Read Part One.
The biggest things Mormons plan for, of course, is the Second Coming and the Apocalypse that will precede it. Gotta be righteous, so you don't get burned with the heathen! Also must stock up on a two-years' supply of raw wheat (don't forget the hand-cranked grinder so you can still grind it when the power goes out), a two-years' supply of potable water, and a two-years' supply of toilet paper. Mormon pantries are a sight to behold, as are the spaces under Mormon beds: cans of dehydrated potatoes and cornmeal and god only knows what.
At some point, when the church grew large enough that its membership wasn't concentrated in the spacious intermountain West, where people could have huge basements in which to store foodstuffs well beyond the expiration date (ever walked into a basement where two dozen cans of potted beef have exploded? That stuff stinks even when it's not rancid), someone in charge said, "OK, we'll let you scale back to just a ONE-YEAR supply of all those necessities. And don't forget to rotate your canned goods!"
You may think I'm kidding, but in her attic, my mom really does have a one-year supply of toilet paper. Outside the house, my father has a ten-year supply of rotted firewood, as well as dozens of old car batteries that can be hooked up to a generator and recharged and power various special appliances he has bought because they will run off old car batteries. (He also has two old Cadillacs: a 62 with rocks in the gas tank courtesy of some nasty neighbor boy, and a 49 that still runs, which he periodically has repainted, drives for a day or two, then parks again for ten to fifteen years. In addition, he owns an ancient aluminum motor home, a piece of junk whose only virtue is that its exterior is recyclable; a small RV in which he and my mother have driven across the country a time or two; a 40-year-old green Chevy pickup, the vehicle in which I learned to drive and which we all agree Dad should keep because sometimes, you need to haul stuff; a hideous white suburban with a broken driver's seat that he refuses to sell because it might come in handy, but which never will because of the truck; and a Ford Yukon he drives every day and complains about every day because it's not a Lincoln, which is what he really wanted, but he bought that damn little SUV brand new because my brother could get him a deal on it through his job, and Dad was too cheap to fork out the cash on a Lincoln, even though he could afford it. The front of the house looks fine, but the side view.... I swear to god, it looks like the opening shot of a movie about people who leave their empty whiskey bottles under the bed and tether a goat to the lawn so they don't have to mow it. The only thing that redeems the scene is the fact that none of the cars are on blocks.)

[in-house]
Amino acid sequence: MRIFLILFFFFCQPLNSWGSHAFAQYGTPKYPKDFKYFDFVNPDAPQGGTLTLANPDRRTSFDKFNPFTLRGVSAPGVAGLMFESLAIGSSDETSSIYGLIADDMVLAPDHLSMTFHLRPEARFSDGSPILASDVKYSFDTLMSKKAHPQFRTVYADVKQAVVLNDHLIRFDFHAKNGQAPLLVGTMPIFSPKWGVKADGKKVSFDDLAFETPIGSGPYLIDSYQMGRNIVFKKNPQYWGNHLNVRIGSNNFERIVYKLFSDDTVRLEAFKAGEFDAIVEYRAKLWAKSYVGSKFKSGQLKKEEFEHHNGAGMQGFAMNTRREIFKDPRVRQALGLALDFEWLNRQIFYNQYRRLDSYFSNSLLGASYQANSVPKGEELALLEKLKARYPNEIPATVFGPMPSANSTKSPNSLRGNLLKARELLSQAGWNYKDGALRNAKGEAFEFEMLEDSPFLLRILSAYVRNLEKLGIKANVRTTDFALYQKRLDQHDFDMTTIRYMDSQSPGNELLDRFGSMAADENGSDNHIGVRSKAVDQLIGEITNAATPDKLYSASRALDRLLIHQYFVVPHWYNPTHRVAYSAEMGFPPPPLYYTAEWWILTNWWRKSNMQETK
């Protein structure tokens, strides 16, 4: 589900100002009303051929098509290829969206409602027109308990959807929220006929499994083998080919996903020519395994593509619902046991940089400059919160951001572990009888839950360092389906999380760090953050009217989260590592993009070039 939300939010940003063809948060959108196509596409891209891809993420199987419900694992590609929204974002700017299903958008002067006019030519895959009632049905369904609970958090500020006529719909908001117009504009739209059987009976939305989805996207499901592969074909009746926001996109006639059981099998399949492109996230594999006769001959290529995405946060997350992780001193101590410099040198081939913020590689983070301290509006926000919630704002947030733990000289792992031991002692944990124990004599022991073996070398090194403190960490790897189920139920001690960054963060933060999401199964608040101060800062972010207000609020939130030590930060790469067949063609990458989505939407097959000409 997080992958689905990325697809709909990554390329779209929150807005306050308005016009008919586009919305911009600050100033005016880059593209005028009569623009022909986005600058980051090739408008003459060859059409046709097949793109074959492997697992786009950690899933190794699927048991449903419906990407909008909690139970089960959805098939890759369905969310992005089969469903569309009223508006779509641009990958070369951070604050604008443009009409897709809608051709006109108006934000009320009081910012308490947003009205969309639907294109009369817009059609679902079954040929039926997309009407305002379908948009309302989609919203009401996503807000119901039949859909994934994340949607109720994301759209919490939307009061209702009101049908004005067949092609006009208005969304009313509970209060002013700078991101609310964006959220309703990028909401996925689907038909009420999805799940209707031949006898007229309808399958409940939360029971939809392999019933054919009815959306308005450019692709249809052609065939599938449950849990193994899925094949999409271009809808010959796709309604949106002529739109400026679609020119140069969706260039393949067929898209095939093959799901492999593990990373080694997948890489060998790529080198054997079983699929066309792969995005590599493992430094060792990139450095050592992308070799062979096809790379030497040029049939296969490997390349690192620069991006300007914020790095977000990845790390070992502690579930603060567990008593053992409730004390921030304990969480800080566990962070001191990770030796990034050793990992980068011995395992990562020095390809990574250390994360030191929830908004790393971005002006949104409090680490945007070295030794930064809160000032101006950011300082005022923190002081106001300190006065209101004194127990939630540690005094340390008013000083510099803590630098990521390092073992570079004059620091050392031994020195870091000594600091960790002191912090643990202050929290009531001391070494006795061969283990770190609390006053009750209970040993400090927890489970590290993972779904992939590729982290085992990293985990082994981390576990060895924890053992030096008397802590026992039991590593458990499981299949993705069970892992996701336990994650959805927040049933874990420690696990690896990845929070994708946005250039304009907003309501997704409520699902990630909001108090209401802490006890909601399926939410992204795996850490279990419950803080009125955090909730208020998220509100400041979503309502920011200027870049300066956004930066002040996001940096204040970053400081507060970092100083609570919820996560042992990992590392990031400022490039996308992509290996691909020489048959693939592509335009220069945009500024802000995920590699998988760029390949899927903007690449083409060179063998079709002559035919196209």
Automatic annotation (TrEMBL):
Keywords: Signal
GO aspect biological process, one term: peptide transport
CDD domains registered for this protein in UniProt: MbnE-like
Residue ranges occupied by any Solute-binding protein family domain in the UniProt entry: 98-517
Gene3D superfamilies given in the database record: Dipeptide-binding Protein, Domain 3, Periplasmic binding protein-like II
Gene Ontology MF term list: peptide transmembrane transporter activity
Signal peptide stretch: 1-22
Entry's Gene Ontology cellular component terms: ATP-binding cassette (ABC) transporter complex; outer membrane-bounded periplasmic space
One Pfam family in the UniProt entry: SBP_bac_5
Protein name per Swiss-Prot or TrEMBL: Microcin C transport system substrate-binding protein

Adults were taught to Buy in Bulk and Never Throw Anything Useful Away; as for young people, we learned about Goals! That's what the Mormon church teaches its youth: the Importance of Setting Goals! For six years, from the time I started junior high until I graduated from high school, as part of official Church curriculum, I had to set two goals every month in areas covering my spiritual, emotional, intellectual, physical, social and artistic development. I was good at setting and meeting goals. "Run three miles every morning." "Earn straight A's." "Never be tardy." We were told that "a goal not written is only a wish." I guess that's why I ended up serving a mission and getting a PhD instead of marrying a nice Mormon boy: I forgot to write down the goal to get married!
Anyway, the point of all this is that I learned, well and truly, how to plan ahead--not just for things I know I'll have to deal with (like three classes full of students every Tuesday and Thursday), but for emergencies. I keep a valid passport around, even if I have no plans to leave the country, because what if I suddenly have to fly to Italy on a moment's notice? I check the ten-day weather forecast so I can plan what I'm going to wear during the next week. I change my clocks BEFORE I go to bed when the time arrives to go on or off Daylight Savings Time (which I loathe) so that when I wake up, I know as soon as I glance at the clock what time it really is. I even plan ahead with my blog, so that I always have backup material in case I am having WAY too much fun living my life to write about it. I do this because it makes my life easier and more orderly in the long run, but I also do it to outsmart the gremlins, whose purpose in life is to cause chaos in mine, and I like to keep the chaos at bay.